Each year, there are a few predictable weekends when our federal parliamentarians seem to find themselves in Melbourne for official duties.
Coincidently, they are the same weekends as the AFL grand final, the Melbourne Cup and the finals of the Australian Open.
Even the AFL has started cracking jokes about how common it is to see politicians in corporate boxes.
"I read with interest earlier this week that [Foreign Minister] Julie Bishop did not arrange her travel with the purpose of attending an AFL match," North Melbourne chairman Ben Buckley quipped to the AFL's grand final breakfast yesterday morning.
"Coincidentally, at 5:30pm, there's an emergency meeting of the Federal Cabinet International Relations Committee in the Yarra Room at the MCG."
Ms Bishop gave the crowd the thumbs up as they howled with laughter.
Many politicians consider loving sport part of their official duties — whether it is sincere or not — so it was a surprise to learn this week that one Government minister "hates sport".
He did not attend yesterday afternoon's "meeting" at the MCG.
Corporate perks of Parliament
Sport — and music — loving politicians are a soft target for companies and lobby groups with free tickets to corporate boxes.
The crooning of pop star Adele may have soothed some tensions between the big banks and the Treasurer, when Scott Morrison accepted their hospitality earlier this year.
Jeep and Peroni wooed Ms Bishop at the Portsea Polo in 2016.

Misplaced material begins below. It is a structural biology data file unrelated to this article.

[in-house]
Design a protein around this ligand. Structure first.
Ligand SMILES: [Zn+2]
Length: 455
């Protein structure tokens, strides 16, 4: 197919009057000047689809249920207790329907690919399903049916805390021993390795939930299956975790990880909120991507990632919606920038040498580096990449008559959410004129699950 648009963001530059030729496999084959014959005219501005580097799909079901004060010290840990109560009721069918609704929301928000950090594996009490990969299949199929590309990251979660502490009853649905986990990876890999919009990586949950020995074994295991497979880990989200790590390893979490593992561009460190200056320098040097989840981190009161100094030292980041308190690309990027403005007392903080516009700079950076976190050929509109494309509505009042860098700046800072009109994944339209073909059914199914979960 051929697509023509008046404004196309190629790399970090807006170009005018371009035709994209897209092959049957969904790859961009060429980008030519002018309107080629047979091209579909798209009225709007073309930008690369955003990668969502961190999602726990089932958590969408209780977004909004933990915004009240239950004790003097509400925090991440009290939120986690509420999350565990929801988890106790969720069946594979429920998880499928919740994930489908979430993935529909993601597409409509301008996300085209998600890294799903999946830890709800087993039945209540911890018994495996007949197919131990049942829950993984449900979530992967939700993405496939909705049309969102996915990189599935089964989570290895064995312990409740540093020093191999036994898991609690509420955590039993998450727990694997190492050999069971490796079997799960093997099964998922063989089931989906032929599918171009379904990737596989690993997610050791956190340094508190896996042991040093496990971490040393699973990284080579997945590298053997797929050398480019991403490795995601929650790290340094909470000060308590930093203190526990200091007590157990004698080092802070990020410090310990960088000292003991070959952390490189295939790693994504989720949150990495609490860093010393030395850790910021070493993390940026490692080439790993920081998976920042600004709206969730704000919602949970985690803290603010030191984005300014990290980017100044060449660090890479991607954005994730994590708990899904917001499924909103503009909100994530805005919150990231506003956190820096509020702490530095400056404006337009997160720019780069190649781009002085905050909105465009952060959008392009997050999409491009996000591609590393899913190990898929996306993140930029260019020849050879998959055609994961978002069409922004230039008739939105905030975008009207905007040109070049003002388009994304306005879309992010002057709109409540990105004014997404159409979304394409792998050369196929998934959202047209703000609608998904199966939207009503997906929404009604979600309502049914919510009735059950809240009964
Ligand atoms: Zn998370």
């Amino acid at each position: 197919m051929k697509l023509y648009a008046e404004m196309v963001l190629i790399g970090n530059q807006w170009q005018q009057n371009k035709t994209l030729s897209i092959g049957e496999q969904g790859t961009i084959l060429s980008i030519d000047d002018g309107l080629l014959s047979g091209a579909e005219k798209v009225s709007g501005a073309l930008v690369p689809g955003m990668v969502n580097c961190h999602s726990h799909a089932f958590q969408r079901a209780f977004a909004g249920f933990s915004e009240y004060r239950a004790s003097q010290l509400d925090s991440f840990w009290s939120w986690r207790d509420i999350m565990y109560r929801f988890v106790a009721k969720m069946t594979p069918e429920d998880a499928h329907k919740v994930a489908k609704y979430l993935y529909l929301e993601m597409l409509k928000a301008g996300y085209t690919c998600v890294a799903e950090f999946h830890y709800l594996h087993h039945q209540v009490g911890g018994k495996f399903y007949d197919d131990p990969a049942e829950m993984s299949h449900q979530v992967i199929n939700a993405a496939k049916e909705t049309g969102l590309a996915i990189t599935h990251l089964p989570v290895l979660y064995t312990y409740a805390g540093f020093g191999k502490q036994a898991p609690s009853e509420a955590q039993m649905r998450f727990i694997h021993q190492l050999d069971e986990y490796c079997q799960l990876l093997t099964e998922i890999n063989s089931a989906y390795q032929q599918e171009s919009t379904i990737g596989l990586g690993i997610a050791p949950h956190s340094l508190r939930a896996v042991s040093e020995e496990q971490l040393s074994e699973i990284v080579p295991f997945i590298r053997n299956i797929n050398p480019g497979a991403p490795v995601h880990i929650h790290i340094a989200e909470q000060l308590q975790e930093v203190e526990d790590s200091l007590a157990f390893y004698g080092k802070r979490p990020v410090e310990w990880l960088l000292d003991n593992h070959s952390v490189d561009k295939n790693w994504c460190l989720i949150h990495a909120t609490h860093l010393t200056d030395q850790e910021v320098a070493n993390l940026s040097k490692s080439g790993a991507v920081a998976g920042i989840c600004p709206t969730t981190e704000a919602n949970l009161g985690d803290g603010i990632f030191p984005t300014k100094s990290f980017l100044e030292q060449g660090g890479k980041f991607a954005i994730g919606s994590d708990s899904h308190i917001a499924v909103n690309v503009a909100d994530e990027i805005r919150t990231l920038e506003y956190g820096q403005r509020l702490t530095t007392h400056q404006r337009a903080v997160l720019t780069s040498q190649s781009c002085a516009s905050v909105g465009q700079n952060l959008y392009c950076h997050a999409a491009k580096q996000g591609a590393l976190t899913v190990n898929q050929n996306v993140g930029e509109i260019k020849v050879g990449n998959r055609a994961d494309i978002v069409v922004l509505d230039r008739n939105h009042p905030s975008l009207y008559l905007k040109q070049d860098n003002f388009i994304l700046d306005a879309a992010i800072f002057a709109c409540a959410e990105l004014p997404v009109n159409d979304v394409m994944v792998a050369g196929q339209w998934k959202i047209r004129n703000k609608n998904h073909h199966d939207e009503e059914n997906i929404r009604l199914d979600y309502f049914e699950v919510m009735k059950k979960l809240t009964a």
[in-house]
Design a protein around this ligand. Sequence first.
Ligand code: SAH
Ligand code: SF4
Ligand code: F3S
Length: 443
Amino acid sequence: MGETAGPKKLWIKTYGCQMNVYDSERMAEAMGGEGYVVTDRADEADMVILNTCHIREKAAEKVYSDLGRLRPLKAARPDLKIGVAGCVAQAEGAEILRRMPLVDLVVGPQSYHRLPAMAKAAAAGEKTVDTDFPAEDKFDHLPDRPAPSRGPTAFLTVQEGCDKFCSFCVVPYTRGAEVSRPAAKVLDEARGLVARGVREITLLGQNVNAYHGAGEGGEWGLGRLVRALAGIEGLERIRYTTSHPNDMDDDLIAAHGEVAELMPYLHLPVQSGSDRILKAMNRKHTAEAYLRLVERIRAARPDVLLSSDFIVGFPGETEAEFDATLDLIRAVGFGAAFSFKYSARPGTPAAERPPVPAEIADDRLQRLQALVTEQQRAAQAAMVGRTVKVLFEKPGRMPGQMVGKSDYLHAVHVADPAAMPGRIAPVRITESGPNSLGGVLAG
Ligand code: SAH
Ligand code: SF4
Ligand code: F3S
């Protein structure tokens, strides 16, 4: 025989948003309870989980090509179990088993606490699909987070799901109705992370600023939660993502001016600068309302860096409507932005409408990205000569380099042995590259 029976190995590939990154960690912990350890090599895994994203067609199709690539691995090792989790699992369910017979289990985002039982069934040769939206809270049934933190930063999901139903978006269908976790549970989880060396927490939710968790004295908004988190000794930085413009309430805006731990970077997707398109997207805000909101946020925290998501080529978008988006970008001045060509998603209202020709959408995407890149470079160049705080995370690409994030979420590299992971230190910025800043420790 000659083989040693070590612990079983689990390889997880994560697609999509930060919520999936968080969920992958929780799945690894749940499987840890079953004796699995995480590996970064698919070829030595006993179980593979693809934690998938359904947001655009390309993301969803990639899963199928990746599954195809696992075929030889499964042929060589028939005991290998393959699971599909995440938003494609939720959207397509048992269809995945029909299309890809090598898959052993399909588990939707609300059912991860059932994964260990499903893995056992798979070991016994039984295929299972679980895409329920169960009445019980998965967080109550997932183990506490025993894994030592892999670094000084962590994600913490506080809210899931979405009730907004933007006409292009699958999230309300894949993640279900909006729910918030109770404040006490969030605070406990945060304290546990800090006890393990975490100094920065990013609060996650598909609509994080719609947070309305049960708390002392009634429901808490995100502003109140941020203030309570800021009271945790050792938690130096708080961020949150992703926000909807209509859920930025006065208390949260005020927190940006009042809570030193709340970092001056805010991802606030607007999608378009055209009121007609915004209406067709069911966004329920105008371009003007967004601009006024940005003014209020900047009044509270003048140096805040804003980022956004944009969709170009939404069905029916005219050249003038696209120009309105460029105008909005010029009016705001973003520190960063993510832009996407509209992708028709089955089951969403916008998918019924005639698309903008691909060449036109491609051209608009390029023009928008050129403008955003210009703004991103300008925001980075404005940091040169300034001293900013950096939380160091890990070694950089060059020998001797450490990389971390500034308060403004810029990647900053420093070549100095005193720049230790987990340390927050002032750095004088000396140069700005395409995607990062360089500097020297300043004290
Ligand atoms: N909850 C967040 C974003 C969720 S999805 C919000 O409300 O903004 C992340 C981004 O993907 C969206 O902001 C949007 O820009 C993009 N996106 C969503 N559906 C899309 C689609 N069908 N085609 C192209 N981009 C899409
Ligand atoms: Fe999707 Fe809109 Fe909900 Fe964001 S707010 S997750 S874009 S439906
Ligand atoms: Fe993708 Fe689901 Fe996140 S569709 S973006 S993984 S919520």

And the National Australia Bank invited Finance Minister Mathias Cormann to the 2013 grand final, along with two of his Liberal Party colleagues.
Is it official business?
This year, ABC News asked frontbenchers on both sides whether they would be attending the AFL or NRL grand final and, just for good measure, threw in a question about who was paying.
Labor ranks were quick to respond, but there was silence from most on the Government's benches.
That was more about who is in power than any political persuasion — those who missed out on corporate hospitality were the quickest to declare it.
Ms Bishop, spied in the stands at the MCG, did not respond, nor did Senator Cormann and his 2013 grand final friend Trade Minister Steve Ciobo.
There was silence too from Victorian MPs Greg Hunt, Kelly O'Dwyer, Josh Frydenberg and Dan Tehan.
Labor's Kate Ellis was attending as the Adelaide Crow's number-one ticket holder, and the Opposition's spokesman for sport Don Farrell was paying for his own ticket to the match.
Prime Minister Malcolm Turnbull and Opposition Leader Bill Shorten said they would be attending both grand finals as guests of both codes.
So who should pay?
The freebies for parliamentarians should come out in the wash within the next month, when they declare the tickets and hospitality as official gifts.
But the public will have to wait a little longer to find out if they footed the bill for travel, because the expense reports are not due out until sometime next year.
Ministers are allowed to claim for travel relating to their office, which may explain why so many find business in Melbourne around the time of major sporting events.
Travel for private purposes is prohibited.
"Ministers must be scrupulous in ensuring the legitimacy and accuracy of any claim for entitlement to ministerial, parliamentary or travel allowance," the Ministerial Standards state.
"Although [ministers'] public lives encroach upon their private lives, it is critical that ministers do not use public office for private purposes."